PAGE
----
Oil prices dip
Oil prices gave up earlier gains on Tuesday as investors embraced expectations that major oil producers would confirm a plan to add supply later on Tuesday, as concerns about the spread of the Omicron variant of COVID-19 faded.
Brent crude futures fell 25 cents to $78.74 a barrel at 0739 GMT, while WTI crude inched down 19 cents to $75.89 a barrel in the United States.
On Monday, the benchmark contracts both gained more than 1%.
The management of the supply side of the market by (producer alliance) OPEC+ is the number one driver (of global oil prices) at the moment.
According to Chauhan, the spread of Omicron has reduced fuel demand concerns and planned crude releases from various national strategic petroleum reserves are smaller than expected.
The Organization of Petroleum Exporting Countries (OPEC), Russia, and their allies, known as OPEC+, meet on Tuesday. The Joint Ministerial Monitoring Committee will meet via video conference at 1200 GMT, followed by a ministerial meeting at 1300 GMT.
According to three OPEC+ sources, the group will likely stick to its plan to increase output by 400,000 barrels per day in February, as it has done every month since August. According to RBC Capital Markets analysts, OPEC+ is unlikely to change course given the current price outlook, pressure from US President Joe Biden’s administration to increase supply, and no significant new COVID-19 mobility curbs.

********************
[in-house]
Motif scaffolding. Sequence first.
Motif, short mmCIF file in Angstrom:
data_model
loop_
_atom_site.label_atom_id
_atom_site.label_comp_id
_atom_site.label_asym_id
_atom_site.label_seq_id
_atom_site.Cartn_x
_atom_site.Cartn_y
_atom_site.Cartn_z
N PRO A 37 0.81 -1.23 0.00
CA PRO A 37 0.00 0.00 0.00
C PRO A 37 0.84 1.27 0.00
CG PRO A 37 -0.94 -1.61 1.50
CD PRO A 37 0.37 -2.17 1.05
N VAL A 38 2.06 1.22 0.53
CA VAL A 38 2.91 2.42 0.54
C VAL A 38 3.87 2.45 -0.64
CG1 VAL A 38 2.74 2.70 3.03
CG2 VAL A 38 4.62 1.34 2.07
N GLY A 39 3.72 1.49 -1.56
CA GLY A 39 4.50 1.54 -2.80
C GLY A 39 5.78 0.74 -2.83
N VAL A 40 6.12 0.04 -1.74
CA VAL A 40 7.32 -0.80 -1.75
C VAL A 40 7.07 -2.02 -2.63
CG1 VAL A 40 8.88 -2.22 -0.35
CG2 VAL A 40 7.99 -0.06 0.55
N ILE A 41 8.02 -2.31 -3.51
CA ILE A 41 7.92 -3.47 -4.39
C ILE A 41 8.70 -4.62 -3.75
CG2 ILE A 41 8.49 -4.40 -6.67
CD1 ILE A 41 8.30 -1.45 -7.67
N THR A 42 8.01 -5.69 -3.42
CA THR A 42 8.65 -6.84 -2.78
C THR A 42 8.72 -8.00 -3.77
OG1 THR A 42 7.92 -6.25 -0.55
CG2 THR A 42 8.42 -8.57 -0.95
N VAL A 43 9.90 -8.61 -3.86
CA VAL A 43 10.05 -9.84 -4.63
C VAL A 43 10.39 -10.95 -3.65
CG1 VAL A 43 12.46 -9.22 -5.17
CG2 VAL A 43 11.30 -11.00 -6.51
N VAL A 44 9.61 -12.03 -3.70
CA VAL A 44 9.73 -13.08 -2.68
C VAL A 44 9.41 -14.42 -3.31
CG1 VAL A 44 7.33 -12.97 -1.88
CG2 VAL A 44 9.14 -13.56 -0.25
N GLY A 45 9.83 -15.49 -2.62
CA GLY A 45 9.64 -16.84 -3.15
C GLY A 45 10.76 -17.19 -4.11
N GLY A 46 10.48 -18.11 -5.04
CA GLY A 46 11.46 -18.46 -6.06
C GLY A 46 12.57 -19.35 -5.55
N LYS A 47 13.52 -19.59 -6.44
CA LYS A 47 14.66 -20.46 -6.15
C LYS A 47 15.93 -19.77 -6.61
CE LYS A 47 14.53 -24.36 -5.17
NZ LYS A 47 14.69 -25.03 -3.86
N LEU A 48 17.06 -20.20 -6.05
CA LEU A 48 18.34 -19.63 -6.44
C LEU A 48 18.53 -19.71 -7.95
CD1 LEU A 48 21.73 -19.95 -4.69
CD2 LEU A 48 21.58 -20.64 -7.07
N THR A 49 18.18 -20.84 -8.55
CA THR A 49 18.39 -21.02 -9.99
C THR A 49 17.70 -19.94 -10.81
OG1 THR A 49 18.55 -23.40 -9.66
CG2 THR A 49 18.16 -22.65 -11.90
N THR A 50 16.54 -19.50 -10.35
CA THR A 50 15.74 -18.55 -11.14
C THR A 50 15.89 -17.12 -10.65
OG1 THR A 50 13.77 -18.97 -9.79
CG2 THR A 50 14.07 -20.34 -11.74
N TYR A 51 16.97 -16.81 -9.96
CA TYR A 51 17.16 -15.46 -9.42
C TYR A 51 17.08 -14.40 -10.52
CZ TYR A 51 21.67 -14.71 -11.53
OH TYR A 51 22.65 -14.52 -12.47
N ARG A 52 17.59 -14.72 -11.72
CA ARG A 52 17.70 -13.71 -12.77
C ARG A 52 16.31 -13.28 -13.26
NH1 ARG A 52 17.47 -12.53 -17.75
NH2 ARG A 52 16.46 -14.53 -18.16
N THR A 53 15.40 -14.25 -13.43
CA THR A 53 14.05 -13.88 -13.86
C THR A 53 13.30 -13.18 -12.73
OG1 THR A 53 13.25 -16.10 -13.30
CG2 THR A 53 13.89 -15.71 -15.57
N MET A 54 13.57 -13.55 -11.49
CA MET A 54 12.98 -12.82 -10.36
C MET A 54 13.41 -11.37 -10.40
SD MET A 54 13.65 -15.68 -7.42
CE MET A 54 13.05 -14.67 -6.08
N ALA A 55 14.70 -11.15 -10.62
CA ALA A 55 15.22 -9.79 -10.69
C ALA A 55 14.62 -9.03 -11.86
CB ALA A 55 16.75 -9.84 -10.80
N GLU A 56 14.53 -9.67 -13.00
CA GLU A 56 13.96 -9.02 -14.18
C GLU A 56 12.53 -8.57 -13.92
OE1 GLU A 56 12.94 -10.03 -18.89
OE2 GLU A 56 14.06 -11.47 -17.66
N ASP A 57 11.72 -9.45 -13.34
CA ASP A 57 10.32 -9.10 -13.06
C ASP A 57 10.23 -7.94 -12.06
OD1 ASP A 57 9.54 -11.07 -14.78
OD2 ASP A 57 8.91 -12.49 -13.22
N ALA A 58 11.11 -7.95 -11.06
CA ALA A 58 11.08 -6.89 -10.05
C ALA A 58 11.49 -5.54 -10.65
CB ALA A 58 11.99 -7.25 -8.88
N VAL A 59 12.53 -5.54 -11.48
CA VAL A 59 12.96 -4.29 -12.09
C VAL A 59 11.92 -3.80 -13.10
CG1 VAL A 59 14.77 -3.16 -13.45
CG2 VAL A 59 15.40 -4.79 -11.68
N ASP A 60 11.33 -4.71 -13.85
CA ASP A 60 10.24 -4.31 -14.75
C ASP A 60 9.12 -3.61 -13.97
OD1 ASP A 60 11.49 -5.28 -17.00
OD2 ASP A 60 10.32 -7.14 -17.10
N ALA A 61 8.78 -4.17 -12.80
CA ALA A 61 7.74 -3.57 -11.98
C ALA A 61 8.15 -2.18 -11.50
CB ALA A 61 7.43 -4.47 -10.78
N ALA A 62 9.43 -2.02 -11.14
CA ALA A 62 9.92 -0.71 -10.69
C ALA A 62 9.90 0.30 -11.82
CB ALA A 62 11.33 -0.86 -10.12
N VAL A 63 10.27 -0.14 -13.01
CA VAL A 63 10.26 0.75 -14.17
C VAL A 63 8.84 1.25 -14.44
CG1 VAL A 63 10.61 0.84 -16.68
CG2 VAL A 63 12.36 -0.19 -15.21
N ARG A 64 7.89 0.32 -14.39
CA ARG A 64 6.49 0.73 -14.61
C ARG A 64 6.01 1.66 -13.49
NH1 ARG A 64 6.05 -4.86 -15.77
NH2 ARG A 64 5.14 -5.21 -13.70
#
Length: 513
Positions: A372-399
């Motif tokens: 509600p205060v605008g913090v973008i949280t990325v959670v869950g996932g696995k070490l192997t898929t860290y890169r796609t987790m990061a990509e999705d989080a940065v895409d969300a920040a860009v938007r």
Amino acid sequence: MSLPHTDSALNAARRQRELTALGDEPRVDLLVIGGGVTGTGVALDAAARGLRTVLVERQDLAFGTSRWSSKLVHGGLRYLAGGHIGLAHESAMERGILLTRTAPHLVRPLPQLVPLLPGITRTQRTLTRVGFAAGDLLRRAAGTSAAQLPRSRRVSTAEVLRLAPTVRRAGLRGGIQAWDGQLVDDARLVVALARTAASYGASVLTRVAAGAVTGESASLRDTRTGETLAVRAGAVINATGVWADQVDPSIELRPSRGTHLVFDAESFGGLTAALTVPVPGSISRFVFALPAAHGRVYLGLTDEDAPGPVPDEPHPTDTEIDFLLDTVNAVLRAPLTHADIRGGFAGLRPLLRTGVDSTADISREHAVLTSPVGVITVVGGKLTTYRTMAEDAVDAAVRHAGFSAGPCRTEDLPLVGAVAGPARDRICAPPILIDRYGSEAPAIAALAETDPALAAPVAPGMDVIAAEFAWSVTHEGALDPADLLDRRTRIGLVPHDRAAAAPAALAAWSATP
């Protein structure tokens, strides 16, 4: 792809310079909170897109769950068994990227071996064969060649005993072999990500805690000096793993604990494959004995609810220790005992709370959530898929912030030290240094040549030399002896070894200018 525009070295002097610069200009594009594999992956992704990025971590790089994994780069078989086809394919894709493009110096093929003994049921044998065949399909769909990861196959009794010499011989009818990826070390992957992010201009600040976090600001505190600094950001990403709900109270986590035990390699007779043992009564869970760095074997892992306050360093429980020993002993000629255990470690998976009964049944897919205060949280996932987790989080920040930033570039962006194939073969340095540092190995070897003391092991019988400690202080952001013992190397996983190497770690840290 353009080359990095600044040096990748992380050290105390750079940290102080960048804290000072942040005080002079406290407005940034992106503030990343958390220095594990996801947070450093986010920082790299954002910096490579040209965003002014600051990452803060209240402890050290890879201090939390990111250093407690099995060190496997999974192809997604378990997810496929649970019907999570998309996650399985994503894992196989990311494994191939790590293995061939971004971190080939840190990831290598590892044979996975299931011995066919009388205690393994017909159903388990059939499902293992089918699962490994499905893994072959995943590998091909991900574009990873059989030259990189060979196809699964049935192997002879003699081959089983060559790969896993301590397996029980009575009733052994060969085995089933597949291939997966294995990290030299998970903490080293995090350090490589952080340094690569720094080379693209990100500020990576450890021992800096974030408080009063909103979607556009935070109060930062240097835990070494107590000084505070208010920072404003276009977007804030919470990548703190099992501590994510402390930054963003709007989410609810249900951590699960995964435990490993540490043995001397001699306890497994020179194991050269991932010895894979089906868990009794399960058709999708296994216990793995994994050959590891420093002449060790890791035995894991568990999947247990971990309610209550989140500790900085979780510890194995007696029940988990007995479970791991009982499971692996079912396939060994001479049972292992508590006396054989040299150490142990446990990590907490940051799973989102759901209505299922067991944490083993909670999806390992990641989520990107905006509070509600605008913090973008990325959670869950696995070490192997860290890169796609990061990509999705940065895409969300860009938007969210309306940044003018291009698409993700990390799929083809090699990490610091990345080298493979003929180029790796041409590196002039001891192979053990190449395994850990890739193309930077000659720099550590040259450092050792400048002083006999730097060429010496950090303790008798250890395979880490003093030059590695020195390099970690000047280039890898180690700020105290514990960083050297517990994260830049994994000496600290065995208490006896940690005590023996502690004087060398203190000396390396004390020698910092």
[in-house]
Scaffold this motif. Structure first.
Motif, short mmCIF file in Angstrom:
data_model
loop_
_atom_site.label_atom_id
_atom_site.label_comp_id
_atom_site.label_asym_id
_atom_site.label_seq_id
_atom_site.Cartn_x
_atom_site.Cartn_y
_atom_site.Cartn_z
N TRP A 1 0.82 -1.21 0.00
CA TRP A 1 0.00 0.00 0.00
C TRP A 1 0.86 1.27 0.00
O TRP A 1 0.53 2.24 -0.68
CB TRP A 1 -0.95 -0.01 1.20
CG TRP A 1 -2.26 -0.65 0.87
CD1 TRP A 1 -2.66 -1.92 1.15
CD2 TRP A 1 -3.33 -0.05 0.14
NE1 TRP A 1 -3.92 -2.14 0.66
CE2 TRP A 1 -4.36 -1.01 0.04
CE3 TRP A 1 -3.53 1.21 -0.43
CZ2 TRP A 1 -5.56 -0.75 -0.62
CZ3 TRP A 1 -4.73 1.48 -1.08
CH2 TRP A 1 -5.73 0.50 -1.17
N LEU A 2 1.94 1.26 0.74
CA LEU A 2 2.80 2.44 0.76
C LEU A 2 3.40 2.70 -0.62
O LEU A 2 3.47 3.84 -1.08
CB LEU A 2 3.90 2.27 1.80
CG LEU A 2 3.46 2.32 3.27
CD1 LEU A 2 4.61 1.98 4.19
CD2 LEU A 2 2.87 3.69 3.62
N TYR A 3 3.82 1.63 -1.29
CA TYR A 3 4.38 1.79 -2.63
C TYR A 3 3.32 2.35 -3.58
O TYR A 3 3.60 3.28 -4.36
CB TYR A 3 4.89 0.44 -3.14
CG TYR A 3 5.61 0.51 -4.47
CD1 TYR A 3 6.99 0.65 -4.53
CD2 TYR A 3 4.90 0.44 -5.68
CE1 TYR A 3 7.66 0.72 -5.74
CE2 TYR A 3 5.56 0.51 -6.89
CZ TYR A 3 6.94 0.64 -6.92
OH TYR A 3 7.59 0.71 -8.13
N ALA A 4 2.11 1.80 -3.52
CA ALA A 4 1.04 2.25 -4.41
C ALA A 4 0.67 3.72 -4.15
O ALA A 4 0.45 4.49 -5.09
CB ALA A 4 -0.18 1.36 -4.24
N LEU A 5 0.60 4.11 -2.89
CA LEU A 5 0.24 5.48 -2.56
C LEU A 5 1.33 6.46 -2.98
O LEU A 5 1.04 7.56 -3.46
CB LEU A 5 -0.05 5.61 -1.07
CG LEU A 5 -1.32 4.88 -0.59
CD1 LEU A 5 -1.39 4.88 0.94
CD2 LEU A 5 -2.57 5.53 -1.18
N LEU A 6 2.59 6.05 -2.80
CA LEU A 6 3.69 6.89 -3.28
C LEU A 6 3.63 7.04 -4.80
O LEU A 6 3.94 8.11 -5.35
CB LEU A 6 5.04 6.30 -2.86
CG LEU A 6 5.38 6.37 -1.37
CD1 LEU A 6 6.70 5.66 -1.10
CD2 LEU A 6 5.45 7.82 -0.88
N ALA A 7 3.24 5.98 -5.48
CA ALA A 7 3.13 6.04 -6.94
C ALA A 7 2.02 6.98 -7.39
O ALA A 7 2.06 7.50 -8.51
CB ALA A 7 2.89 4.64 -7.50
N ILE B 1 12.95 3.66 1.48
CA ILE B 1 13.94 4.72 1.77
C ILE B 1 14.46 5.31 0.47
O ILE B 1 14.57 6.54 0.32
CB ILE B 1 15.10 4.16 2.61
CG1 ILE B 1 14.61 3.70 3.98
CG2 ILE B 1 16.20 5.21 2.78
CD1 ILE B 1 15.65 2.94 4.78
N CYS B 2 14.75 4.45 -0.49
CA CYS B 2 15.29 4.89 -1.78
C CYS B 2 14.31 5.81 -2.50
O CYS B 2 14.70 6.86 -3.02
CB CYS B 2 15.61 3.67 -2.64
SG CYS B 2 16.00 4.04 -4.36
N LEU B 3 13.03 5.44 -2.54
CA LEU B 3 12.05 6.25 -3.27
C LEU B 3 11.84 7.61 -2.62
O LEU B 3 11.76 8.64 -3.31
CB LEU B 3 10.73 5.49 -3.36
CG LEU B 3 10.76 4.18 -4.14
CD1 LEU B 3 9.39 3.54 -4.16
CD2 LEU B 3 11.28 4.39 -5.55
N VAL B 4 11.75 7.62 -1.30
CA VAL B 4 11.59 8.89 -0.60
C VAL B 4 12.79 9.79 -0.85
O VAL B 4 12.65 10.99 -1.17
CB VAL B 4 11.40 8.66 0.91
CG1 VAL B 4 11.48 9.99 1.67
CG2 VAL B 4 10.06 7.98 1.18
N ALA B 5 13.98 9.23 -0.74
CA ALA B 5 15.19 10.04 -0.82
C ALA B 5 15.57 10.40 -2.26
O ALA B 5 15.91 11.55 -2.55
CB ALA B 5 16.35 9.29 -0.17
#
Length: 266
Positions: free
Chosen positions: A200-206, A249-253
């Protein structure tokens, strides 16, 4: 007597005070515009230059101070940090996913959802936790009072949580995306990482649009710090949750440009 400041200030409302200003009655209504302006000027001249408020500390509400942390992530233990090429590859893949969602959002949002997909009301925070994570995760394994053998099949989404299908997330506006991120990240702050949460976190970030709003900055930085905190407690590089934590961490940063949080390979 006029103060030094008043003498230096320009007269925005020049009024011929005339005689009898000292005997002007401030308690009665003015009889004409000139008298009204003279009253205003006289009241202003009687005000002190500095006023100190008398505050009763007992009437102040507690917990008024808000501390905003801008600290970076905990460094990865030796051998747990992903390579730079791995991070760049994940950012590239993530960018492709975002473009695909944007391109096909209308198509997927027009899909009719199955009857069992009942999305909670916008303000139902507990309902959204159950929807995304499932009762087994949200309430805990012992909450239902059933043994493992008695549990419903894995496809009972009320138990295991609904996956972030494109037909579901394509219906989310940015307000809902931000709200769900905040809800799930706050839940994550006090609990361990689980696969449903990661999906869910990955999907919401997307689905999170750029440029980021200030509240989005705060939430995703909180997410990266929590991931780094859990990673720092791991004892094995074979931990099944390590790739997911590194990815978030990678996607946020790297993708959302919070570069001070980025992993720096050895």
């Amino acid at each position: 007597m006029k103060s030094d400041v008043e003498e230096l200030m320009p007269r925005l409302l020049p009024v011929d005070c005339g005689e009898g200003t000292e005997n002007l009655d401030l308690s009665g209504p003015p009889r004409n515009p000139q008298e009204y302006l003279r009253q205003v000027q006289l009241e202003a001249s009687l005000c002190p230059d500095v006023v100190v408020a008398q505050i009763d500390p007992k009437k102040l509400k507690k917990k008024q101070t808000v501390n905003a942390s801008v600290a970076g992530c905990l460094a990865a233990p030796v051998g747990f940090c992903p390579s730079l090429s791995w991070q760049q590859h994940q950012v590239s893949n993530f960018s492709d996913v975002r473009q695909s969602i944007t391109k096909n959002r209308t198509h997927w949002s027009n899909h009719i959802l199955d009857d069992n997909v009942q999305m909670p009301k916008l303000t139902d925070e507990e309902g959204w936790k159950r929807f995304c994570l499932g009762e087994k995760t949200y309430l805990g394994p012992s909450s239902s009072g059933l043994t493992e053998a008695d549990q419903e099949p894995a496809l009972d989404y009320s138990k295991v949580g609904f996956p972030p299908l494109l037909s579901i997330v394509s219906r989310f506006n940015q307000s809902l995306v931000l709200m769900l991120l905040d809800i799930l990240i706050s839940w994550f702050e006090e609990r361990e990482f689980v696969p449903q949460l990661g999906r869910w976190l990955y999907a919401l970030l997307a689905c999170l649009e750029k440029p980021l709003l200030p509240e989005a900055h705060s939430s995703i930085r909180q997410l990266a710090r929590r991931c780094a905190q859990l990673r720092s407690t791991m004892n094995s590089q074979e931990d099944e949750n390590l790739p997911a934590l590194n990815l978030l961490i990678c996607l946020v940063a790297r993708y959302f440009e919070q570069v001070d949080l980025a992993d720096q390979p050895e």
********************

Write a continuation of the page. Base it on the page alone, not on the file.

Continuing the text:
Though Omicron (COVID-19 variant) cases continue to rise in critical geographies, the lack of widespread lockdown restrictions will likely keep near-term demand concerns at bay.
Despite the emergence of Omicron and its potential impact on international travel, economies such as Australia remain committed to reopening.
Last month, factory activity increased in Asia as companies dealing with global cases of Omicron. Analysts warned, however, that OPEC+ may have to change course if tensions between the West and Russia over Ukraine flare-up and disrupt fuel supplies, or if Iran’s nuclear talks with major powers progress, resulting in the lifting of oil sanctions against Iran.
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